In a big city like Bologna or Verona selecting a cafe for a break between exhaustive sight seeing is relatively easy. There are swanky aluminium and glass ones, distressed wooden furniture ones, ones constructed from bits of old school gyms – essentially little pieces of London in Italy. Many are even copying the American ‘Starbucks’ model of pint sized lattes spiked with bucketfulls of sugar, and writing their menus in English (I once asked for a latte al caramello and was haughtilly corrected to caramel latte by the Italian barista.)
But what if you are one of those adventurous tourists that wanders ‘off the beaten track’ to little picturesque villages, or mistakenly to a lifeless town where social activity consists of old men playing cards. There may be a surprisingly large range of cafes to choose from, but each has its particular role in the community. You many walk into one and, adjusting your eyes to the gloom, realise ten tanned deeply lined male faces are staring with blank hostility at your presence.
This is the first type of cafe to avoid – the old man bar. These are recognisable generally by the little scatterings of cigarettes outside on the ground and tables, ashtrays that look like they’ve never seen a dishwasher, a pungent smell of sweat and beer, a TV blaring with a distinctly uninteresting sport like snooker or darts, and the low grunts of men gambling over cards. If you feel you can break through the first awkward silence after your entrance you could spend an enjoyable few hours hearing detailed biographies of all of the customers, or their strong fascist views, or about their surprisingly healthy sex life. But, particularly being a young woman, I prefer to avoid that kind of entertainment.
If you see a traditional looking wooden sign announcing a ‘vecchio’ (old) bar, or any words to do with being ancient and historic, these are also best to avoid. Generally they are not particularly historic and they are significantly overpriced. Personally I find the newer bars are cleaner, have better lighting, potentially have English-speaking baristas for those in need, and have more relaxed attitude to foreigners ordering milky coffees at the wrong time of day.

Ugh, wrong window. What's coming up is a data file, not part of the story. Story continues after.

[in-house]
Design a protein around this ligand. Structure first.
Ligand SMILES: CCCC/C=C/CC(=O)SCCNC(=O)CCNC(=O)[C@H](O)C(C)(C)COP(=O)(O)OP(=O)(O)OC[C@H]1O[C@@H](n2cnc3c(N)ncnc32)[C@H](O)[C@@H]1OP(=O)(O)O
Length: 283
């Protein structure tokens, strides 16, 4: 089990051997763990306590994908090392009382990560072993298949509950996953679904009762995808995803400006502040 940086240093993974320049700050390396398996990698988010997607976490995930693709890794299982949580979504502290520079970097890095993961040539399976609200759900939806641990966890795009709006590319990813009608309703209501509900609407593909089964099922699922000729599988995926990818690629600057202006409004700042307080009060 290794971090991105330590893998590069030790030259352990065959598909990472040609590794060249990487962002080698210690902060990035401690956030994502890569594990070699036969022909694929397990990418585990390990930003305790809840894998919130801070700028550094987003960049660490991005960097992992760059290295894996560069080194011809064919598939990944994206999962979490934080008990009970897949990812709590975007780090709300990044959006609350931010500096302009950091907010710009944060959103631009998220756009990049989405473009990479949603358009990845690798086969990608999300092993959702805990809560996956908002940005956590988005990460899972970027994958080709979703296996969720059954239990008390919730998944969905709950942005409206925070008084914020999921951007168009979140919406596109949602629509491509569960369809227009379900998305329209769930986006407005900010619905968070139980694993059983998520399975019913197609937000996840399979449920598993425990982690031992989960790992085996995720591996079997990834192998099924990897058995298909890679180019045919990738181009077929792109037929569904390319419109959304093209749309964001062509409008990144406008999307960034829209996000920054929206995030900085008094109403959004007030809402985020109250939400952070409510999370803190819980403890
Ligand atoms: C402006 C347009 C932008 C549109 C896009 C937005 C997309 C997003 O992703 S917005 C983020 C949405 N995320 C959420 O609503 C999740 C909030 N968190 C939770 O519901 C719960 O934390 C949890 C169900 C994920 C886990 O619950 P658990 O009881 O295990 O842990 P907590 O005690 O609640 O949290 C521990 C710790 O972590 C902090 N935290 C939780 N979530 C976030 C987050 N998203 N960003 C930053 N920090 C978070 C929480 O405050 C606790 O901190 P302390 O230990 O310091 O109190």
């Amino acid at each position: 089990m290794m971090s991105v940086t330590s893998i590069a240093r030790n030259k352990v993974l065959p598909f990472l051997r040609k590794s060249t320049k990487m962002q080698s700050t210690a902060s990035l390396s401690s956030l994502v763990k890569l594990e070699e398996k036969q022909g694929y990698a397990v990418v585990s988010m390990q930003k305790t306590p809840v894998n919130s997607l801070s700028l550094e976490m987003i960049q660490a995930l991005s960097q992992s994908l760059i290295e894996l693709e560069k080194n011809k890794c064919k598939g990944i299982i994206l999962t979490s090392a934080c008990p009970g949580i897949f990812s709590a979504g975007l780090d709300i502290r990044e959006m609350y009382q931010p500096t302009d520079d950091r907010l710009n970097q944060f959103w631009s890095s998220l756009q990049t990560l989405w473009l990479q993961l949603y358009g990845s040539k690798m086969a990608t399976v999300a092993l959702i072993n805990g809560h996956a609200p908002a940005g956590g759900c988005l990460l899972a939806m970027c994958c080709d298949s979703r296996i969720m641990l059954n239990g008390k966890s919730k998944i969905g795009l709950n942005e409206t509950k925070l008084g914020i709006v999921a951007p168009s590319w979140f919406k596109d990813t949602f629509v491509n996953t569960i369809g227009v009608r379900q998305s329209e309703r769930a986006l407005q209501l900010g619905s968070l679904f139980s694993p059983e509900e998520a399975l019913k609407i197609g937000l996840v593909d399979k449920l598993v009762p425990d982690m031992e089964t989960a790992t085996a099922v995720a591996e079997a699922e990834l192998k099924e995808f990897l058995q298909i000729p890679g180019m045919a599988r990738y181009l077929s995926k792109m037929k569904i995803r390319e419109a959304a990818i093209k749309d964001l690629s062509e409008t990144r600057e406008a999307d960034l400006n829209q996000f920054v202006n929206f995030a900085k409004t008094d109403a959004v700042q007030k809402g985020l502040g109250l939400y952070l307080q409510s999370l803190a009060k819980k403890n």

So you’ve gingerly committed to your chosen cafe, now how to negotiate the etiquette within. First, particularly if its a small bar, nod or say buongiorno with your best attempt at a rolled ‘r’ to both those behind the bar and the clients around. This way you might get fewer stares. Then its generally best (and faster) to order at the bar and then ask or use awkward sign language to signal you want to sit down. On the other hand you can feel like a power worker in an important office and chug your coffee at the bar before scattering a handful of change on the counter and sweeping out (you’re far too busy to wait and pay at the till).
Once you’re seated and have your coffee you can relax for a bit, hopfeully noone is watching you. When it comes to paying go back to the till at the bar. Here you have to use real restraint to avoid a very British faux pas. Although in Britain we dislike physical contact with both strangers and friends, we often put our money in the hand of the bar tender, obviously being careful to avoid touching skin. In Italy this is not acceptable. Money goes from your hand to the securely neutral ubiquitous glass dish beside the till, to the hand of the bar tender.
Then upon leaving try to say grazie and arrivederci more times the bar tender, nod at a few old people and escape.